Blossom Together in Coventry
In October 2023, children from All Saints CofE Primary School and local residents of Charterhouse, planted 20 Blossom trees in Charterhouse Heritage Park for the Blossom Together in Coventry project.
Delivered in partnership by the National Trust and Historic Coventry Trust, and made possible thanks to the funds raised by players of People’s Postcode Lottery, the project aimed to create a small, meaningful place where the local community could connect with nature and enjoy the seasonal delights of blossoming trees.
A small natural play space has also been added for families and children to relax, reflect, play and connect throughout the year.
The work supports the National Trust’s ambition to give communities more access to nature through the creation of green spaces and planting blossom trees, especially in cities where access to nature may be more limited.
With the involvement of local schools and residents being at the heart of this project, the hope is that a lasting legacy will be created that will benefit both wildlife and the local community.
Names and dedications
Many of the children and residents name the blossom trees they helped to plant, or dedicated them to lost loved ones.
About the Blossom Trees
Four types of blossom tree have been planted in the natural play space. Each tree that was around five years old, meaning they were established and hardy enough to survive the winter outside. Each tree has also been planted with a small pipe at its base to help deliver water closer to the root ball. Coventry-based company Beechwood Trees were on hand to help with the planting and provided mulch, stakes and braces to support the trees after their installation.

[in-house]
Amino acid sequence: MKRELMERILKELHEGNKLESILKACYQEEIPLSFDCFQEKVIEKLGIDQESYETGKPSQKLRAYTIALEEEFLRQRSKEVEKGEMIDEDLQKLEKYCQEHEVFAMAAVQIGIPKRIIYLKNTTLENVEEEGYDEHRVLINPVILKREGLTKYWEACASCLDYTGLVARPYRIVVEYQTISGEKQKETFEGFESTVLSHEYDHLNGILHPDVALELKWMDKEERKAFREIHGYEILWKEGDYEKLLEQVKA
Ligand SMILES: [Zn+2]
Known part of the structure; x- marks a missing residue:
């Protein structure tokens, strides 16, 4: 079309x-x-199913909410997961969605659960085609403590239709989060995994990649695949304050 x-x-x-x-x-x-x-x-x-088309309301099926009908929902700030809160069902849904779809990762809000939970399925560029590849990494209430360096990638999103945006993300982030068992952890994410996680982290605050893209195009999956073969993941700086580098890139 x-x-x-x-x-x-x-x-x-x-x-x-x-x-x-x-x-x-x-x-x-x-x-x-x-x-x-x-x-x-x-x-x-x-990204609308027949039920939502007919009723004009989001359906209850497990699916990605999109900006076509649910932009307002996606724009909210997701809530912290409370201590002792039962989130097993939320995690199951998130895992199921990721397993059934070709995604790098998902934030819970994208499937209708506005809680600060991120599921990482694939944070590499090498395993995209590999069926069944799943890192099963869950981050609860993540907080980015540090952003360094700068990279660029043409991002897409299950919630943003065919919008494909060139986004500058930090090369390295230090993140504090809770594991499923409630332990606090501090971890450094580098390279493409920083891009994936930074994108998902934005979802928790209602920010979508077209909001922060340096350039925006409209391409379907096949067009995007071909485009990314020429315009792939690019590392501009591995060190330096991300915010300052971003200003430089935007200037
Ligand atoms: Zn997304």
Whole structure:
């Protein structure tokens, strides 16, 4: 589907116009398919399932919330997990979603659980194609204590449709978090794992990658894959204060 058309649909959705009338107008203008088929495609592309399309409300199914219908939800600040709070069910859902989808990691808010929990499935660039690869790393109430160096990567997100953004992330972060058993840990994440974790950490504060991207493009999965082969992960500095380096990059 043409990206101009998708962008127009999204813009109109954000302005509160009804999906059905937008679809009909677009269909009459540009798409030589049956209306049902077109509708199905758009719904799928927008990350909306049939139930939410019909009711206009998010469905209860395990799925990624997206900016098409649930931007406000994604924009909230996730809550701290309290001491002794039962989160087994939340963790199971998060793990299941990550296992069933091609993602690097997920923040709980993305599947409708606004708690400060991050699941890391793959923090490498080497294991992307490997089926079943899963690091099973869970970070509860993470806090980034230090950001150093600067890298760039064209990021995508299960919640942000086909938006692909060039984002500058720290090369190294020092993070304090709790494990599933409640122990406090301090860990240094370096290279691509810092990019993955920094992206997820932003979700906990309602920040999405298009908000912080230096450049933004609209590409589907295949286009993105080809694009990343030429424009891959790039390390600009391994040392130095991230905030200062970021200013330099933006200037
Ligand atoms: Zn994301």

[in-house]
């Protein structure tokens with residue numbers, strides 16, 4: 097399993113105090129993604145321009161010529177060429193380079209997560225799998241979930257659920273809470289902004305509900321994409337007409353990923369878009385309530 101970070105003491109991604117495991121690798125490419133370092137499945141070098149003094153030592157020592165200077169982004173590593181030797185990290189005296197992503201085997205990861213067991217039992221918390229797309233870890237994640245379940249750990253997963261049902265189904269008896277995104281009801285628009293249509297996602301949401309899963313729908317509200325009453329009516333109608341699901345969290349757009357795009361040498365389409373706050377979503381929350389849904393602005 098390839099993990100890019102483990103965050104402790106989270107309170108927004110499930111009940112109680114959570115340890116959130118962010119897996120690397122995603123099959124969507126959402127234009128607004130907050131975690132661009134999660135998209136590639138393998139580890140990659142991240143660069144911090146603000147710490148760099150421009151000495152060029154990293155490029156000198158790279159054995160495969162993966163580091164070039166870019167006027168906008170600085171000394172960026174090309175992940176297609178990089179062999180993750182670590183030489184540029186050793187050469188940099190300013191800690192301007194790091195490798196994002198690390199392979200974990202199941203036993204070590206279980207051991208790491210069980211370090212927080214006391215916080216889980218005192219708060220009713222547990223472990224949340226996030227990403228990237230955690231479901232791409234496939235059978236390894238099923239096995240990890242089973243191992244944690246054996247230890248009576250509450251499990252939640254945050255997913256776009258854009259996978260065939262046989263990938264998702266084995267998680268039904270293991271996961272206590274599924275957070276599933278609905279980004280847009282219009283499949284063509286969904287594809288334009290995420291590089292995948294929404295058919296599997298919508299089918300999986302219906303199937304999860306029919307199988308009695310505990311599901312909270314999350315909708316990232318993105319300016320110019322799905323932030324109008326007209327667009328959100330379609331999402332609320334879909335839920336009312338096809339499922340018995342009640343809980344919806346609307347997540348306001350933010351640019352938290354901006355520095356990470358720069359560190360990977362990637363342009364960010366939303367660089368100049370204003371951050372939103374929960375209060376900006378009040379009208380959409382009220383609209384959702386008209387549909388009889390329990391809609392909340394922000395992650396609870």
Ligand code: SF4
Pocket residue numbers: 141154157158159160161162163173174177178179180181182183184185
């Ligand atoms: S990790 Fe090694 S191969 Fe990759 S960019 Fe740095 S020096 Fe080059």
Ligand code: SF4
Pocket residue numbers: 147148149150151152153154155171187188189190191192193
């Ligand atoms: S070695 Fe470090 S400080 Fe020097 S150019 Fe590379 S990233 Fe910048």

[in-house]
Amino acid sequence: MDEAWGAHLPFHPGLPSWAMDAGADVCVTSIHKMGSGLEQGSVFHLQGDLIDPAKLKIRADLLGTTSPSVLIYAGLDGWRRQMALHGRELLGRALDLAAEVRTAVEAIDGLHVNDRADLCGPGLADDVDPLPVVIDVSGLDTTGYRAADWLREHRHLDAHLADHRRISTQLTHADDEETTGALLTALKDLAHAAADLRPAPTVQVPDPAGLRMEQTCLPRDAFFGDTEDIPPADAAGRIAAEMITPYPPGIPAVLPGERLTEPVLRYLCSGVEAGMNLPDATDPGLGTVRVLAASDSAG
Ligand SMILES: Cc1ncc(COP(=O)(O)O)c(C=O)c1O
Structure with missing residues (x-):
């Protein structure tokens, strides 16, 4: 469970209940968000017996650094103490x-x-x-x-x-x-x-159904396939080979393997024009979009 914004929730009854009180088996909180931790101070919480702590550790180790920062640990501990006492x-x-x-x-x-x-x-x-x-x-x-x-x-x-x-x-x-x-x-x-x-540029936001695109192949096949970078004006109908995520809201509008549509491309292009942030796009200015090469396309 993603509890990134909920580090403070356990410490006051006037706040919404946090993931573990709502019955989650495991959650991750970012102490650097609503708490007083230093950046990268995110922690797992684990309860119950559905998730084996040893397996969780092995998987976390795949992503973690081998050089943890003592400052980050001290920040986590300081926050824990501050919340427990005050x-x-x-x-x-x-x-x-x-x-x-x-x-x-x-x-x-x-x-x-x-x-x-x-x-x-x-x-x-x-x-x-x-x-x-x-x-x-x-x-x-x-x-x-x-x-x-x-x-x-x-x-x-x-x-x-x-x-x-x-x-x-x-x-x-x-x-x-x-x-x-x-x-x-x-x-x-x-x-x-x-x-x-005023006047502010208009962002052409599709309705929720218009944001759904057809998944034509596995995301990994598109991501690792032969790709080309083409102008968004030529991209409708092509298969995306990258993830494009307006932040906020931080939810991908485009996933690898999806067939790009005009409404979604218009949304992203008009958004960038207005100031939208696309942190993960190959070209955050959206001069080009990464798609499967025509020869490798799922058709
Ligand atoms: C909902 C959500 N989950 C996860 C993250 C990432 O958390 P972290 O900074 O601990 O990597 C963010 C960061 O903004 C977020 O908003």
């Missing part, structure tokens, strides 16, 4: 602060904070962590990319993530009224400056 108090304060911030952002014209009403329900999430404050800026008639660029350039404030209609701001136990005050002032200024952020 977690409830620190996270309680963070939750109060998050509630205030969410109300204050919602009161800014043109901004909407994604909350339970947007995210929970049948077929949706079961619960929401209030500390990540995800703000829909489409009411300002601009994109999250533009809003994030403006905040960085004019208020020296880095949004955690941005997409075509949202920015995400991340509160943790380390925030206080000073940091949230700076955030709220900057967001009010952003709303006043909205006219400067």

The Cornelian Cherry produces small yellow flowers in February. It produces bright red, cherry like fruits which are edible. In the autumn, the leaves turn reddish-purple. It has an interesting bark and is good for bees. It was introduced in England in the late 1890s and is native to central and southern Europe. Download more information.
This wild cherry species produces double white flowers in April/May. By autumn, its leaves turn bronze and fiery colours. It has interesting bark and is good for bees. The species has been cultivated since the 1700s in the UK but is not a native species. Download more information.
A cherry plum that grows single pink flowers in early spring with the petals fading as small, dark purple leaves grow around them. In autumn the leaves turn red with small plums fruits sometimes being produced, although these are not for human consumption. It was introduced to England in the early 1900s and was commonly planted as a street tree in Britain after WW2. Download more information.
This ornamental pears blooms with white flowers in April/May. Its leaves arrive in early spring and turn a bright orangery-red, before falling in late autumn. Occasionally, it may produce small fruits, but these are not for human consumption. The species was bred by Edward Scanlon in the USA and is tolerant of pollution and is often planted in urban areas. Download more information.
Top tree tips
Would you like to plant a tree but wondering where to start? Or do you simply need a few tips on caring for your trees?
Take a look at this video from the National Trust for top tree tips.